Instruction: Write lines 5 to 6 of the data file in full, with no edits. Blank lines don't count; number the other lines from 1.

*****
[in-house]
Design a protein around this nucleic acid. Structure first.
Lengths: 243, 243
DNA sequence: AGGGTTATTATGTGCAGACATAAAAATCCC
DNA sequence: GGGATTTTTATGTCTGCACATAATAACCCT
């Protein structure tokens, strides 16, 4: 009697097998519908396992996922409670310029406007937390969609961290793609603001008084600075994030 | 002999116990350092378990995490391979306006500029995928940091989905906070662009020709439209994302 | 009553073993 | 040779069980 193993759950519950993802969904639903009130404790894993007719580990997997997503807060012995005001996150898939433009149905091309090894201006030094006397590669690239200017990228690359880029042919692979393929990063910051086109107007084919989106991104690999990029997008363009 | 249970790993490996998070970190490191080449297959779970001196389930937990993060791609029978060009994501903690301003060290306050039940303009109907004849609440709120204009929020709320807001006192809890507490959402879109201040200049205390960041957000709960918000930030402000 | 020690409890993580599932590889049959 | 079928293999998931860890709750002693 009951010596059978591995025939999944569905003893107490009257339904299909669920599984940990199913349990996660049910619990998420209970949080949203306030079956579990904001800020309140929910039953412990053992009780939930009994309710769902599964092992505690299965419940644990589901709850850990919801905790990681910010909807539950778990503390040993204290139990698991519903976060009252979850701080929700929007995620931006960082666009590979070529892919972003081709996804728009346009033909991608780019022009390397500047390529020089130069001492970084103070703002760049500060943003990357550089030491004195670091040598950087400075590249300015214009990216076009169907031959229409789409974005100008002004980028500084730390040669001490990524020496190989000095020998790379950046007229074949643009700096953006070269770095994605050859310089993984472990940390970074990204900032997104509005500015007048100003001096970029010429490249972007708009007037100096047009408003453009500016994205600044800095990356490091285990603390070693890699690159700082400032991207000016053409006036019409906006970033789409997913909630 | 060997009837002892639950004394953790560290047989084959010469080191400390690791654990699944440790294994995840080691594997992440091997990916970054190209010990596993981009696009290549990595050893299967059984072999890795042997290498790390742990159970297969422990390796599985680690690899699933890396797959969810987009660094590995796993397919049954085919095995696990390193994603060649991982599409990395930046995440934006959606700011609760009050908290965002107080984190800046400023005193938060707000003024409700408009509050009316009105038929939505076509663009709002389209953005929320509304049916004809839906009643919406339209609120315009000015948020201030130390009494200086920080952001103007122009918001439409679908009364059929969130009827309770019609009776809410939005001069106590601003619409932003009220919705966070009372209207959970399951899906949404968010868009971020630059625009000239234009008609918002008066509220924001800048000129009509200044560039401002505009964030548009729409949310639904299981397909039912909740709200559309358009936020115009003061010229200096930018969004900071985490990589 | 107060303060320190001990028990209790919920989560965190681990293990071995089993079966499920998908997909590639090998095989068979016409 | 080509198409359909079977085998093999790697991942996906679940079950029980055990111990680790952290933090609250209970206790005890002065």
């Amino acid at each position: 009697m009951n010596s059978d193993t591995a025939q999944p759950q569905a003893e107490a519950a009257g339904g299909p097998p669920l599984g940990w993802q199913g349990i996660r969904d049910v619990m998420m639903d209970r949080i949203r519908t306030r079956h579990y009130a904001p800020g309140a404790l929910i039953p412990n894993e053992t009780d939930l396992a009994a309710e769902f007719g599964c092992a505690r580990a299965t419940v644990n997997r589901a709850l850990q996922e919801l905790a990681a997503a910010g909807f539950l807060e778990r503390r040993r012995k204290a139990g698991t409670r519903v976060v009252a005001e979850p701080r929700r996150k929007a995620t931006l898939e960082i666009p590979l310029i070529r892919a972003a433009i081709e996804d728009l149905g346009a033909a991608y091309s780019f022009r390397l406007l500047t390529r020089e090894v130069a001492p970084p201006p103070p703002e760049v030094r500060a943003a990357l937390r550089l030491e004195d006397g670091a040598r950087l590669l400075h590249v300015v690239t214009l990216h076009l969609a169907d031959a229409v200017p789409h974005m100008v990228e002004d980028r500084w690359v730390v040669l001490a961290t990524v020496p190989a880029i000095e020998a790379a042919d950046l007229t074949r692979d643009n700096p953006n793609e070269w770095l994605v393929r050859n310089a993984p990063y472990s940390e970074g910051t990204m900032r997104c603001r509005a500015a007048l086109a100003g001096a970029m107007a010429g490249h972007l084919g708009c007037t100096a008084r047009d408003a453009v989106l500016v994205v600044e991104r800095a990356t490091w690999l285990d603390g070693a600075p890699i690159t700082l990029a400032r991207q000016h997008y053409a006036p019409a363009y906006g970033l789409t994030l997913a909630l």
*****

DNA sequence: GGGATTTTTATGTCTGCACATAATAACCCT
């Protein structure tokens, strides 16, 4: 009697097998519908396992996922409670310029406007937390969609961290793609603001008084600075994030 | 002999116990350092378990995490391979306006500029995928940091989905906070662009020709439209994302 | 009553073993 | 040779069980 193993759950519950993802969904639903009130404790894993007719580990997997997503807060012995005001996150898939433009149905091309090894201006030094006397590669690239200017990228690359880029042919692979393929990063910051086109107007084919989106991104690999990029997008363009 | 249970790993490996998070970190490191080449297959779970001196389930937990993060791609029978060009994501903690301003060290306050039940303009109907004849609440709120204009929020709320807001006192809890507490959402879109201040200049205390960041957000709960918000930030402000 | 020690409890993580599932590889049959 | 079928293999998931860890709750002693 009951010596059978591995025939999944569905003893107490009257339904299909669920599984940990199913349990996660049910619990998420209970949080949203306030079956579990904001800020309140929910039953412990053992009780939930009994309710769902599964092992505690299965419940644990589901709850850990919801905790990681910010909807539950778990503390040993204290139990698991519903976060009252979850701080929700929007995620931006960082666009590979070529892919972003081709996804728009346009033909991608780019022009390397500047390529020089130069001492970084103070703002760049500060943003990357550089030491004195670091040598950087400075590249300015214009990216076009169907031959229409789409974005100008002004980028500084730390040669001490990524020496190989000095020998790379950046007229074949643009700096953006070269770095994605050859310089993984472990940390970074990204900032997104509005500015007048100003001096970029010429490249972007708009007037100096047009408003453009500016994205600044800095990356490091285990603390070693890699690159700082400032991207000016053409006036019409906006970033789409997913909630 | 060997009837002892639950004394953790560290047989084959010469080191400390690791654990699944440790294994995840080691594997992440091997990916970054190209010990596993981009696009290549990595050893299967059984072999890795042997290498790390742990159970297969422990390796599985680690690899699933890396797959969810987009660094590995796993397919049954085919095995696990390193994603060649991982599409990395930046995440934006959606700011609760009050908290965002107080984190800046400023005193938060707000003024409700408009509050009316009105038929939505076509663009709002389209953005929320509304049916004809839906009643919406339209609120315009000015948020201030130390009494200086920080952001103007122009918001439409679908009364059929969130009827309770019609009776809410939005001069106590601003619409932003009220919705966070009372209207959970399951899906949404968010868009971020630059625009000239234009008609918002008066509220924001800048000129009509200044560039401002505009964030548009729409949310639904299981397909039912909740709200559309358009936020115009003061010229200096930018969004900071985490990589 | 107060303060320190001990028990209790919920989560965190681990293990071995089993079966499920998908997909590639090998095989068979016409 | 080509198409359909079977085998093999790697991942996906679940079950029980055990111990680790952290933090609250209970206790005890002065």